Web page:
Poll: Fedora or Ubuntu, ZFS on root for server?

Nuking and reinstalling my home/small business server. I have existing zpools for data.
My necessary uses are nextcloud, docker, qemu/kvm for a macos vm with hardware passthrough, and afp/netatalk.

Previously, I was on ubuntu 16.04 with zfs on root, but an upgrade to 18.04 broke mysql so bad I nuked the whole thing. This next time, I’ll put nextcloud in docker, so hopefully that won’t happen. I had good results creating a mac vm with passthrough on fedora 31, so I’ll consider that, but I suspect root on zfs in fedora will mean breakage similar to my recent upgrade. This brings me back to ubuntu, as 19.10 has zfs in the installer, which I assume means future support that won’t make it unbootable during an upgrade.

So the question is… Fedora on xfs or zfs, or Ubuntu on zfs? Or do I forget zfs for root and just pick one?

  • Fedora
  • Ubuntu

0 voters

  • Root on ZFS
  • Root on ext4/xfs, data on zfs

0 voters

Alright, then.
For now, I’ve decided to go with fedora* for the server, since I have a small dev box that I recently put fedora on (the machine used in the linked post about the mac vm), so I figure I can test on the dev box before deploying. This is really what I should have done already, but for other reasons the small machine was previously on arch/antergos, while the server was on Ubuntu, so nothing really translated.

Anyway, I may go running back to familiar territory, but we’ll see how it works out.

*For curiosity’s sake, it’s fedora 31 server on LVM/XFS on a 500GB 970 evo plus (I know… TLC for a server boot drive :/) overprovisioned slightly to use 400/450GB. Data is raidz10 on 4x 4TB HDDs. CPU is a 2600X on x470 taichi ultimate. Mem is 16GB DDR4 (32GB ECC in the mail). I plan to pass through a 980ti (headless, if possible) and a FireWire pcie card.

The hell is wrong with me, why did you guys let me use fedora for a ser-

ok fine

One update broke zfs, abandoned ship again, went to proxmox.


this is the correct answer.


Between Fedora and Ubuntu, Ubuntu will always be the superior choice for me since ZFS is native package…exactly for the reason it broke on your Fedora install. I did the exact same thing you did and switched to Ubuntu and it’s been 100% for over a year now.

My setup mostly includes docker to access the data from the ZFS pool as well as a few striped disks (a few old WD Blues) for downloading/data manipulation. Given that all of the docker configs are backed up (as well as my Samba settings), I could do a reinstall and have everything exactly the same in no time.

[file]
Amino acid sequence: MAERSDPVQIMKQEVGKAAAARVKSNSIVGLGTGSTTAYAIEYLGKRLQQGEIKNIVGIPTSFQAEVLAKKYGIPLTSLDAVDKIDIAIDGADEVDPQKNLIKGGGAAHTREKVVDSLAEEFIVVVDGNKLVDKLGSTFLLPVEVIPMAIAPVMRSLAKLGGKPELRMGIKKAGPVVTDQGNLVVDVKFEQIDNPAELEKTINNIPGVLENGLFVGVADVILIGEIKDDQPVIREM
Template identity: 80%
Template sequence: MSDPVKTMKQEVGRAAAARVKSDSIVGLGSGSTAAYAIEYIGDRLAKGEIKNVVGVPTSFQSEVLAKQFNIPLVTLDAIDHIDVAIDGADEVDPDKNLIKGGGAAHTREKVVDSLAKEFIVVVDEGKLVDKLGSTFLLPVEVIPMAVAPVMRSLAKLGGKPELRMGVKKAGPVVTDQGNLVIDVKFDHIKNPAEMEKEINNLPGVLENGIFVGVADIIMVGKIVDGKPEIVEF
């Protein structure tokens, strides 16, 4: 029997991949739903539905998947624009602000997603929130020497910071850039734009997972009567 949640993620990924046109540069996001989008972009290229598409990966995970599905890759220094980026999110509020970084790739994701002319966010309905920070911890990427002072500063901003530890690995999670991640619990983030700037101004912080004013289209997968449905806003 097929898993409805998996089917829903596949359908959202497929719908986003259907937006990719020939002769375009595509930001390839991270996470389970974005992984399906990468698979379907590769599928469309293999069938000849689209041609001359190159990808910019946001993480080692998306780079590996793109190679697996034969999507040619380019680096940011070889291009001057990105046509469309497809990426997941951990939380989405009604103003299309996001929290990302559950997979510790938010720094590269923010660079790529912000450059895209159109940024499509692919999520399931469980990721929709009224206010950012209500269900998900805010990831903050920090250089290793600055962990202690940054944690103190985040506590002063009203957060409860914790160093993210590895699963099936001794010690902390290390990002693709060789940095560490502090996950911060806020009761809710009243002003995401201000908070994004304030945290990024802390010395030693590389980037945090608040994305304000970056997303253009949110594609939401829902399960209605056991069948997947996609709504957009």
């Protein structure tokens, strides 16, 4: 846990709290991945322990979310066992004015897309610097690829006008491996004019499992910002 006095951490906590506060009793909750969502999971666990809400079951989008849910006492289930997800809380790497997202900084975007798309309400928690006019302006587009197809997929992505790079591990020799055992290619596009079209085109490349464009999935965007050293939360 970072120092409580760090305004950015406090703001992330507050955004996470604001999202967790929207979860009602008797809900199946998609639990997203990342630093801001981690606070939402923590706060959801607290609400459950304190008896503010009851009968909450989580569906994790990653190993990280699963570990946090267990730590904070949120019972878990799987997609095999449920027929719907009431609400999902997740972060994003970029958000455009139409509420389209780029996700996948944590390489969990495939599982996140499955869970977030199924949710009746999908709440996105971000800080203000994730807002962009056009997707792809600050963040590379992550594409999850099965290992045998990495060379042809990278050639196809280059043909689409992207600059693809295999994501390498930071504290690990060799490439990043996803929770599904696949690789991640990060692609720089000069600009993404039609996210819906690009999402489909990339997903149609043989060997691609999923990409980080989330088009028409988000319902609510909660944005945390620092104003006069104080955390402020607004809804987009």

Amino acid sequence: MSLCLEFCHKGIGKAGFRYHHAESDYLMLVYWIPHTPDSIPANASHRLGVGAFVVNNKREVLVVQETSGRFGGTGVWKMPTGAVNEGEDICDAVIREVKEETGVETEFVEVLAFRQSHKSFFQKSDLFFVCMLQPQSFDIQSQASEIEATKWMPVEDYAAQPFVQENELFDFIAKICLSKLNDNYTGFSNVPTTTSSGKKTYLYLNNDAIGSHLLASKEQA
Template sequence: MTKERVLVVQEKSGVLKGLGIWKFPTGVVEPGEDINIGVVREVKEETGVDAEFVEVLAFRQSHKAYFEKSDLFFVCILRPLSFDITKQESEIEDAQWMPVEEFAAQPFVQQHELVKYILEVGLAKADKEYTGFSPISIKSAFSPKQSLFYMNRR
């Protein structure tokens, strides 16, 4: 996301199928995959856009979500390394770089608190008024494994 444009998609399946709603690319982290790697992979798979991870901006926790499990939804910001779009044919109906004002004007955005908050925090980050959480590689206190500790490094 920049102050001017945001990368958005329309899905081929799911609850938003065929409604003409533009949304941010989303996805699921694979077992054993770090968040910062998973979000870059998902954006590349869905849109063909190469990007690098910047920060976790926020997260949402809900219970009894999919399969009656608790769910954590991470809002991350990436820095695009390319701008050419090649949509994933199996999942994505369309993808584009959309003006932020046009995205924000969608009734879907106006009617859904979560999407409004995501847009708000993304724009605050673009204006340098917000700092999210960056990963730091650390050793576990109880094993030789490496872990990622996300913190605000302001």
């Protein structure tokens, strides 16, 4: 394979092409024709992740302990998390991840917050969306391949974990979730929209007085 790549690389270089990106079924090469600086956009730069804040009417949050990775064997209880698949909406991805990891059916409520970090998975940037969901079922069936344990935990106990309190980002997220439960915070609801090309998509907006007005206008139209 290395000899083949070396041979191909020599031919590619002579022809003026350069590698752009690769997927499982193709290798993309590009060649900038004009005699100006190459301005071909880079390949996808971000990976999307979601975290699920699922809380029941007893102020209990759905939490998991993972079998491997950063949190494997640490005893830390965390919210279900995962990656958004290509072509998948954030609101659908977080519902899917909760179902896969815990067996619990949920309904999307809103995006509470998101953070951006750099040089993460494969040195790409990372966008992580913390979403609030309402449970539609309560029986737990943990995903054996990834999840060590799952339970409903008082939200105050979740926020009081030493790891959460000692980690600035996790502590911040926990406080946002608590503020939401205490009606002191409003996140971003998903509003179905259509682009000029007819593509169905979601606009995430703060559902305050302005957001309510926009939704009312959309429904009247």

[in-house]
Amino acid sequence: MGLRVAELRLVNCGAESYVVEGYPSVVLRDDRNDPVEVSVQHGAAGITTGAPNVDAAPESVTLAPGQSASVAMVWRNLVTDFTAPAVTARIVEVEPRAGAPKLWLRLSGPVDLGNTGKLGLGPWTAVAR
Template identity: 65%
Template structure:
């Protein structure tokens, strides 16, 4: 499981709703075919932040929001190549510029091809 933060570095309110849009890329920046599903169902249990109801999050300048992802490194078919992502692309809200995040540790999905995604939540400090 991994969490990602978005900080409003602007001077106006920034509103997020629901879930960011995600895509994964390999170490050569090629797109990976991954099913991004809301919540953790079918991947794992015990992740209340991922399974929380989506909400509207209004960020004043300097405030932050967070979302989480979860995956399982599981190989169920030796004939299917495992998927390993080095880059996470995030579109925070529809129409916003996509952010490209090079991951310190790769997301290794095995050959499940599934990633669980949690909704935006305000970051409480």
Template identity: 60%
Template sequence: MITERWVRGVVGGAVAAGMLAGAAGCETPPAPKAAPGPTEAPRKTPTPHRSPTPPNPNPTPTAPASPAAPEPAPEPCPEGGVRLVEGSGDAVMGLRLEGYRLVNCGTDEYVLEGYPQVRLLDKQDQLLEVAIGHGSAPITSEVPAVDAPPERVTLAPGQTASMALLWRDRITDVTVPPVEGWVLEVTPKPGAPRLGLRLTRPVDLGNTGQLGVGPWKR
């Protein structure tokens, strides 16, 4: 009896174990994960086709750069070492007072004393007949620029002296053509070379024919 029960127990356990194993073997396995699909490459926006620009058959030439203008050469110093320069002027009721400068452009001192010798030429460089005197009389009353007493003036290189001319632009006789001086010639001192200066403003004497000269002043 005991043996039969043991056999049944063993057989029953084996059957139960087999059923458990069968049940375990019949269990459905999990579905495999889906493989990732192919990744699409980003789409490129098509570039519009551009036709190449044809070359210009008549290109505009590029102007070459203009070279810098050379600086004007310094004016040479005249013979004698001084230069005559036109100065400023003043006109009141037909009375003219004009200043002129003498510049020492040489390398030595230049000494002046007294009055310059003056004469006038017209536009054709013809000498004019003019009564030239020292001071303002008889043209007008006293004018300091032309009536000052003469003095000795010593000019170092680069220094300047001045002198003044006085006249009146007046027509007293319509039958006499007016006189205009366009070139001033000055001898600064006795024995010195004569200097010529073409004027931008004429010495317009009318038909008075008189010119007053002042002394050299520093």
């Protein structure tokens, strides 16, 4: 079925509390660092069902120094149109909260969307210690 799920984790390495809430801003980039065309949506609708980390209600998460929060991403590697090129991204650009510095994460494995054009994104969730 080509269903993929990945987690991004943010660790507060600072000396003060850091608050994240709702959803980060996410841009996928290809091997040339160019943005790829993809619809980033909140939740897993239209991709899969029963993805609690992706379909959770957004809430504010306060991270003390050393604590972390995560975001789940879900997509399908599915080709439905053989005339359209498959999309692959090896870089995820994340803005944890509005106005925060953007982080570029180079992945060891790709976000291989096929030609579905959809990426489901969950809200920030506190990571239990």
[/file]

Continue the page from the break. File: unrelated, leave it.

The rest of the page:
Then I just stick the server install on an SSD (or a mirrored set depending on how you want to do it) with ext4. The server install stays relatively free of anything that isn’t a default package. From a disk standpoint, the ZPOOL and SSDs stay free of any operations that aren’t related to data storage since the striped drives garble up all that IO. You also save SSD writes.

Maybe it’s dumber than I think it is, but it’s been working well for me.


Use a separate Freenas storage solution for proper native ZFS. I wouldn’t use ZFS outside BSD for mission critical uses. Also, use ECC memory with ZFS if you love your data.

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I installed freenas briefly to try it out; that was my first choice, but there’s no simple way to do hardware passthrough (if at all). I could install it on another box, and move all my data HDDs to external enclosures, but then I’d be losing much of what got me to build the server in the first place.

Over the last couple weeks, I’ve been enjoying proxmox. “Proper” zfs support would be nice, but I feel this strikes an acceptable balance between zfs and hardware passthrough both working.

So far, I’m surprised how lean the LXC ct’s and VMs actually are on pve.

What would you consider “proper”?

“Proper” meaning “native, inherent in the OS.” Anything BSD, really. Just something where there’s no chance it’s going to break zfs with an update. I feel ok with proxmox, and Ubuntu has it baked into the kernel, which is also fine. Perhaps it’s my mixed history with zfs on Linux, but I’d feel a bit safer with BSD.

but it is native

Starting with Proxmox VE 3.4, the native Linux kernel port of the ZFS file system is introduced as optional file system and also as an additional selection for the root file system


The only issue is one of morals and licensing afaik

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You can see more about the ‘native’ port for linux here

its a little grey on the licensing stuff but if you’re not trying to go for freetard points, then you win.

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